Looking tools for genes annotation
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7 weeks ago
Rima • 0

Hi everyone,, I'm looking for free tools to define genes functions of bacteria (enzymatic functions) and similarities with known genes, I'm not a big fan of BLAST ! thank you in advance Best regards, Rima

Genome annotation • 787 views
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Needs to clarify the question here. What types of data do you have? What is the purpose of these tools etc?

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i search tools with bigger databases ! i m studing genes functions to provide an explanation for biosynthetic pathways of bioactive molecules ! manual search takes a lot of time ! I have Nucleotide sequence !

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Did you try RAST

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yes i used RAST it is limited !

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why are you not a big fan of BLAST?

it is the most used (and likely best) tool for such analyses and I can't think of any valid alternatives, except different 'flavours' of the same basic idea .

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InterProScan?

What's your problem with BLAST and sequence searches anyway?

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because it only BLASTS with NCBI-deposited data

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that is not entirely correct, BLAST can run with any database you have (and formatted for usage with blast)

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thanks to all for your answers !

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7 weeks ago
Juke34 ★ 6.3k

Maybe FA-nf, annocript Or sma3s

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7 weeks ago
Mensur Dlakic ★ 14k

One of the most widely used tools for prokaryotic genome annotation is prokka. It requires only a (meta)genome sequence, and when installed properly on a modern computer (8+ CPUs) it will fully annotate a prokaryotic genome in under 10 minutes. However, it will require additional hidden Markov model databases such as Pfam and TIGRFams, which did not come standard last time I checked.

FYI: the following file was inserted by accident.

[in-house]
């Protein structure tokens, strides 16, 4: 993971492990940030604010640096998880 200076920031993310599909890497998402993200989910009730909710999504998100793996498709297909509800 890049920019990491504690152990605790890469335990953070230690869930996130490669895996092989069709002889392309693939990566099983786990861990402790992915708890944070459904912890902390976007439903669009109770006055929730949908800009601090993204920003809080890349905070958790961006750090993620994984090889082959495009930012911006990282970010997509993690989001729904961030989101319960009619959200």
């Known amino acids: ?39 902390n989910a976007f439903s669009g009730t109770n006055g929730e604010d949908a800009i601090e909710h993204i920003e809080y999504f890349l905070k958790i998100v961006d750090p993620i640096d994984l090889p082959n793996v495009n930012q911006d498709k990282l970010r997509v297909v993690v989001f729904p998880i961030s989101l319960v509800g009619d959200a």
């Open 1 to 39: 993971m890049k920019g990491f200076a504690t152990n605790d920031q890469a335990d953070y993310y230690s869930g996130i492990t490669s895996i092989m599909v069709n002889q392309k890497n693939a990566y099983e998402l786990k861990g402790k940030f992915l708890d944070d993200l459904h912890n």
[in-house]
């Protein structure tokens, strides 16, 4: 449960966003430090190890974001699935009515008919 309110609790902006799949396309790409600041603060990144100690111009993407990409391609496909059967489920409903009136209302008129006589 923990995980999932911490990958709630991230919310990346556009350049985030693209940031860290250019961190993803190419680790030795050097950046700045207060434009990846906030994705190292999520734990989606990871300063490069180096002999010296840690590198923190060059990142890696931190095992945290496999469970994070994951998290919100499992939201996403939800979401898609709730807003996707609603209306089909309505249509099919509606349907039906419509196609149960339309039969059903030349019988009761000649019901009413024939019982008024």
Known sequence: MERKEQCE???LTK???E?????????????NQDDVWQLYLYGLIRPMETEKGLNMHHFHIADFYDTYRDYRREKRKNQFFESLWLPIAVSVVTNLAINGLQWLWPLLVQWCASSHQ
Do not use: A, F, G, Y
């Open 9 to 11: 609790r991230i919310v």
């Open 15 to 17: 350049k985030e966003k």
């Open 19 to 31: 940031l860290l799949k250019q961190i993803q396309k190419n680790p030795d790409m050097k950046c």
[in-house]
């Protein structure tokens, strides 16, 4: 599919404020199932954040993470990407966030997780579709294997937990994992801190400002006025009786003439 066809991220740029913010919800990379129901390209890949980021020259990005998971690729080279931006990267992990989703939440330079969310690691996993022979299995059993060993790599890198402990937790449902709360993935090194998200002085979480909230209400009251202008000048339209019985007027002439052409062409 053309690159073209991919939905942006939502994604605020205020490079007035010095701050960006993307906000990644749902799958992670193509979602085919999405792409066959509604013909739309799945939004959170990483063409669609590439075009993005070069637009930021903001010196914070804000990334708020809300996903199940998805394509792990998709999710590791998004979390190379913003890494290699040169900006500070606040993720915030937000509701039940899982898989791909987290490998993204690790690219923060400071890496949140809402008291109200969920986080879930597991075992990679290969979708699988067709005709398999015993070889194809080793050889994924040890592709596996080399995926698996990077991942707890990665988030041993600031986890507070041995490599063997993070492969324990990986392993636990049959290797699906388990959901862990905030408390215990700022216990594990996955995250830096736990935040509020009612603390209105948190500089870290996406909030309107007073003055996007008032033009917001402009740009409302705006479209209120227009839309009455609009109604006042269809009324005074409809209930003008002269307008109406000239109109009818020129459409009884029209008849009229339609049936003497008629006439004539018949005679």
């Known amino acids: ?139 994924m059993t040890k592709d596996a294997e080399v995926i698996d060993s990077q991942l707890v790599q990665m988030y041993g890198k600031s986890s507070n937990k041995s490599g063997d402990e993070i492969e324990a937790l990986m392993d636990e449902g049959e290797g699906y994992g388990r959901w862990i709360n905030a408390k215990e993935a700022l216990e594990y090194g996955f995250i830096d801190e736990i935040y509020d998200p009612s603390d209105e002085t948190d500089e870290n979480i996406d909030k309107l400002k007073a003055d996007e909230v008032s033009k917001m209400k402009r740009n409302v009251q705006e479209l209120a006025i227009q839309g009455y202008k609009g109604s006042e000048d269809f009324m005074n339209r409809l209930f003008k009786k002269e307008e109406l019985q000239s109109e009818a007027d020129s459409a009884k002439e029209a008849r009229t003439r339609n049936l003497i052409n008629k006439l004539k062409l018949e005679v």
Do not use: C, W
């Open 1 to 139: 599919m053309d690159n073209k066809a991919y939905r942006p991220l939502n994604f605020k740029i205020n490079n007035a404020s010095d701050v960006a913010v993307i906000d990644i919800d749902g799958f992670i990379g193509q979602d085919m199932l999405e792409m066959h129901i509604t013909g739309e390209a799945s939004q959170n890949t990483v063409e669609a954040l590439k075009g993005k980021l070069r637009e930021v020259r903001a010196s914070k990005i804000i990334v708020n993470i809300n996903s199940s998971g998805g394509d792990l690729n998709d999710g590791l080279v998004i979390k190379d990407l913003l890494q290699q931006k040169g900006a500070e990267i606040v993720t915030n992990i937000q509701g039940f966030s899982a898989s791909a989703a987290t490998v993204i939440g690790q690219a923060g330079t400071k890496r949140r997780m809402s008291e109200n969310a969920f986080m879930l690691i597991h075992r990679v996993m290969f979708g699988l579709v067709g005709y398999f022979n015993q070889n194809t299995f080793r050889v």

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OP is asking for functional annotation I think.

And yes, prokka does that also to some extent but this issue might not be the most appropriate use of prokka

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yes of course i m asking for functional annotation ! is there some one who do genome mining ? I can predict manually but it takes me a lot of time to search several databases, sometimes they don't share nucleotide sequences on public... there is no direct link with genomic, chemical or functional data... in most cases chemists, biologists, bioinformaticians... work separately... In my case I do the combination of genomic, chemical and enzymatic functions, even though I'm not a specialist in all of them ,also I don't have the facility to make comparisons using connected libraries !

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prokka and the auxiliary programs assign tRNAs, rRNAs, ncRNAs, genes, CRISPR arrays. Then it makes a proteome from gene predictions, and to majority of proteins assigns a clearly defined functions such as ABC transporter or DNA binding protein. In addition, to most of the enzymes it will assign EC numbers. That is what I consider functional annotation and exactly what the OP asked. Now, the OP could have put all the details from their very last post into the original question, and that would have avoided all these extra questions we have been asking. Regardless, I still think prokka-annotated genomes are by far the best starting point for any downstream functional analysis of prokaryotes, especially given a very modest time investment.

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